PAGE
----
Big Red Machine

Big Red Machine - Big Red Machine
Critic Score
Based on 11 reviews
2018 Ratings: #575 / 850
User Score
Based on 218 ratings
2018 Ratings: #457
Liked by 3 people
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The themes running through Big Red Machine are rarely uplifting, but there’s unmistakable joy in the music here, a deep care and love for what they were creating and how they got to create it.

The Guardian

Any sense that this is minor work, just a bit of tooling about with your mates before a proper album, quickly evaporates.

A.V. Club

Big Red Machine is a testament to their individual interests in glitchy improv and emotive delivery.


More a headphones-type album than a radio-friendly one, what emerges are still songs before compositions or productions, though they may appeal to the more explorative indie rockers.

Slant Magazine

Big Red Machine is still best appreciated not as part of the general progression of either artist's catalog, but as a document of casual creativity.


The debut collaboration of Justin Vernon and Aaron Dessner is gorgeous and ponderous, a document of a creative process that feels a bit like watching someone get purposefully lost.


Songs begin on an idea and vamp on it long past the point of no return, stretching an EP's worth of brilliant moments into an album.

Rolling Stone

Shorn of backstory, Big Red Machine sounds like Bon Iver and The National freestyling with friends, drinks and vape pens.

Consequence of Sound

There are moments when it feels admirable in its scope and ambition, but ultimately, the pure intentions get lost in the noise.

Here and elsewhere, Dessner will create a near-Afrobeat rhythm on a drum machine, topped by jazzy fills from live drummer JT Bates. This funky approach is best realised on the truly excellent Lyla, a polyrhythmic shuffle anchored once again by Vernon’s sure-footed melody and his calm take on James Brown’s “Uh!” picking out the on-beat. Hymnostic and I Won’t Run From It, meanwhile, are best-of classics of Vernon’s more traditional songwriting style. The ... read more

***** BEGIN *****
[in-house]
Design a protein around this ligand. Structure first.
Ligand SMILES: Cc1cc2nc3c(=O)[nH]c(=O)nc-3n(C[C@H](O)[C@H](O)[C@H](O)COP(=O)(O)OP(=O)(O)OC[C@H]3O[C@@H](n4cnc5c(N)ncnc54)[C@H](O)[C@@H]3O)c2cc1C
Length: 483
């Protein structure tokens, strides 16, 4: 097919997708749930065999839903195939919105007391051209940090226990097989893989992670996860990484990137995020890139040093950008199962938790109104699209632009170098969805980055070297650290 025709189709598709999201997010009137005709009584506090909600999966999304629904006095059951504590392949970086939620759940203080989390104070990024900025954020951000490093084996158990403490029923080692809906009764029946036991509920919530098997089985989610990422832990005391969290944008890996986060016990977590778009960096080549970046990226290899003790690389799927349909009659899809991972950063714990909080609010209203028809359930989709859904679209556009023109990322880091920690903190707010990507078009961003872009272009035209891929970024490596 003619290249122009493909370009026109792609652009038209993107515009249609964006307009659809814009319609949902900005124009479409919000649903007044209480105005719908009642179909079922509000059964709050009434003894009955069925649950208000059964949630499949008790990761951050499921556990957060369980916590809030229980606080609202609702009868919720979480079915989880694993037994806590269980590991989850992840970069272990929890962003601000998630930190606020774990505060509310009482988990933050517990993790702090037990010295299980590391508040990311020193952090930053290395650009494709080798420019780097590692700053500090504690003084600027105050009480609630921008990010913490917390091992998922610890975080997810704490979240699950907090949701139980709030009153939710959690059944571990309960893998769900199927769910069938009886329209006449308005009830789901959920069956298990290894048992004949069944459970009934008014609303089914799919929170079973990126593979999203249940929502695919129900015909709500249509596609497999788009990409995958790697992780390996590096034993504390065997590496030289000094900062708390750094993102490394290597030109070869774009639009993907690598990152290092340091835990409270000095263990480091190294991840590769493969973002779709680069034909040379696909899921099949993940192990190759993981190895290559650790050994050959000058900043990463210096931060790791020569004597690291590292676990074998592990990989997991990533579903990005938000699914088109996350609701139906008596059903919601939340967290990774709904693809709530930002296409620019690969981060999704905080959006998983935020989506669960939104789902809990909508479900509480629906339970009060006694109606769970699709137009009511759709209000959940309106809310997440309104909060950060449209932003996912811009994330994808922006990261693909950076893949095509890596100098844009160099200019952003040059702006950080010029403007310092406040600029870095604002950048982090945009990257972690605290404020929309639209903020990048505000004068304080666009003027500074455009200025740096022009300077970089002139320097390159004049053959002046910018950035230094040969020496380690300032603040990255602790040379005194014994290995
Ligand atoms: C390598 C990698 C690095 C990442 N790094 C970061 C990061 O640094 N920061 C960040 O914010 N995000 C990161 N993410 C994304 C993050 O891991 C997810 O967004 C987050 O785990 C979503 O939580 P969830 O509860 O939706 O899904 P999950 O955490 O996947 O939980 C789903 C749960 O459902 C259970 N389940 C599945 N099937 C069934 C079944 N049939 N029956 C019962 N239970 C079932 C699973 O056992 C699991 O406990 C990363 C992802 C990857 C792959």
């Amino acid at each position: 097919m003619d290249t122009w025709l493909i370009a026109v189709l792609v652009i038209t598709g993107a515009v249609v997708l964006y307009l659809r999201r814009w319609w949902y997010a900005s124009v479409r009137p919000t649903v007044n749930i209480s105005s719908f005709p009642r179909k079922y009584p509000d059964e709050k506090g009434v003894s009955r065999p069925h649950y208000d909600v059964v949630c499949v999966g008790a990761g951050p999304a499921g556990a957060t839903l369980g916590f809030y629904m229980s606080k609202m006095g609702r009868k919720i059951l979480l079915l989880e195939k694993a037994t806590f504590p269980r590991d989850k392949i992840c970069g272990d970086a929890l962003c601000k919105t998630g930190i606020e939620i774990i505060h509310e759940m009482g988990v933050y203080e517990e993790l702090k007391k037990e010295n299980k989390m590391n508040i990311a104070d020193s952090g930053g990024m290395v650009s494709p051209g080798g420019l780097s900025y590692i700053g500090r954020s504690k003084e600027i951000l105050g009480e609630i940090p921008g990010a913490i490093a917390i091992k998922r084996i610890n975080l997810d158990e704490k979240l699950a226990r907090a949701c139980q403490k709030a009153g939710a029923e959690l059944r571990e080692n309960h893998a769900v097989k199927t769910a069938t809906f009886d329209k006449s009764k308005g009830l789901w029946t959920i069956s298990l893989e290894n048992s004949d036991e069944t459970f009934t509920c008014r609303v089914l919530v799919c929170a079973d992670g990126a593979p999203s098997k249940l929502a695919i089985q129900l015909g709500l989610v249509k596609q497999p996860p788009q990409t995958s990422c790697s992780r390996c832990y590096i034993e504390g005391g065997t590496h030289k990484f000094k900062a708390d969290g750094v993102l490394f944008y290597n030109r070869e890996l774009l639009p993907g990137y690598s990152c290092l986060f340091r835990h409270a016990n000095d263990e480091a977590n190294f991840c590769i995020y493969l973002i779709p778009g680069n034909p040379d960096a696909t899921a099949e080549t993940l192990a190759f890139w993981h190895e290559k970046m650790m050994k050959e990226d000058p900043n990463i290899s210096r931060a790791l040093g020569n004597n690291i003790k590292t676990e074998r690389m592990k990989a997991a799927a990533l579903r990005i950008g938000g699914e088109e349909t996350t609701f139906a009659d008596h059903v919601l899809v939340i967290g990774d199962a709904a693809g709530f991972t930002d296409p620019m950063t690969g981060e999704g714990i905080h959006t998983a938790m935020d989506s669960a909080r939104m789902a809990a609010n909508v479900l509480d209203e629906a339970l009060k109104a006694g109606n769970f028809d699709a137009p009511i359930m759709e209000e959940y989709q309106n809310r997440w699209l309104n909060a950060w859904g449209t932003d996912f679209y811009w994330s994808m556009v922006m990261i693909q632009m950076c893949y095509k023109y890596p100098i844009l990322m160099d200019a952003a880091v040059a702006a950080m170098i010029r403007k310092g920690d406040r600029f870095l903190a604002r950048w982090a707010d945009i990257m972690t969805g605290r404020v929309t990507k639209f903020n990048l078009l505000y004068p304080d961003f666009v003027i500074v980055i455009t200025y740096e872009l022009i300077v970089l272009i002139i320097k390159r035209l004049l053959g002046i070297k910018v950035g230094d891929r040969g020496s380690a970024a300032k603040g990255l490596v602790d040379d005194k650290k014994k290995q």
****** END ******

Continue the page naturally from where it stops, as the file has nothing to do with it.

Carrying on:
EN: "Big Red Machine" brings with it a strong folktronica background and invests heavily in that, betting vehemently on these 10 tracks and fortunately the dramatic charge strengthens. However, between qualities and flaws, the lack of distancing itself from the problem that music faces today remains the same. Although I credit the investment, they invest even too much. Justin Vernon's powerful voice turns the album into a performative, circus-like, unbelievable absurdity; which ... read more
There are some tracks I revisit quite a bit. These are Gratitude, Lyla, Forest Green and I Won't Run From It. Not great but these tracks are pretty good.
Fantastic folktronica.

The majority of the tracks on here are based around filtered out electronic drum loops and the production builds upon this loop with guitar, synths and additional percussion, very similarly to 10 d E A T h b R E a s T ⚄ ⚄ from 22, A Million. This album is nowhere near the same level of experimental nature as 22, A Million but is still a great listen.
Although this album doesn’t hit as hard emotionally as most Bon Iver records, or have the same chaos and maturity as most records from The National, Justin Vernon and Aaron Dessner bring the best fitting elements of both parties and make this Big Red Machine. It’s quite a mellow album that feels very sonically fresh and dark at the same time, with the mixing focusing a lot more on blending warped, echoey drum machines with tight acoustic drum grooves from JT Bates, like on the cut ... read more
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Added on: July 12, 2018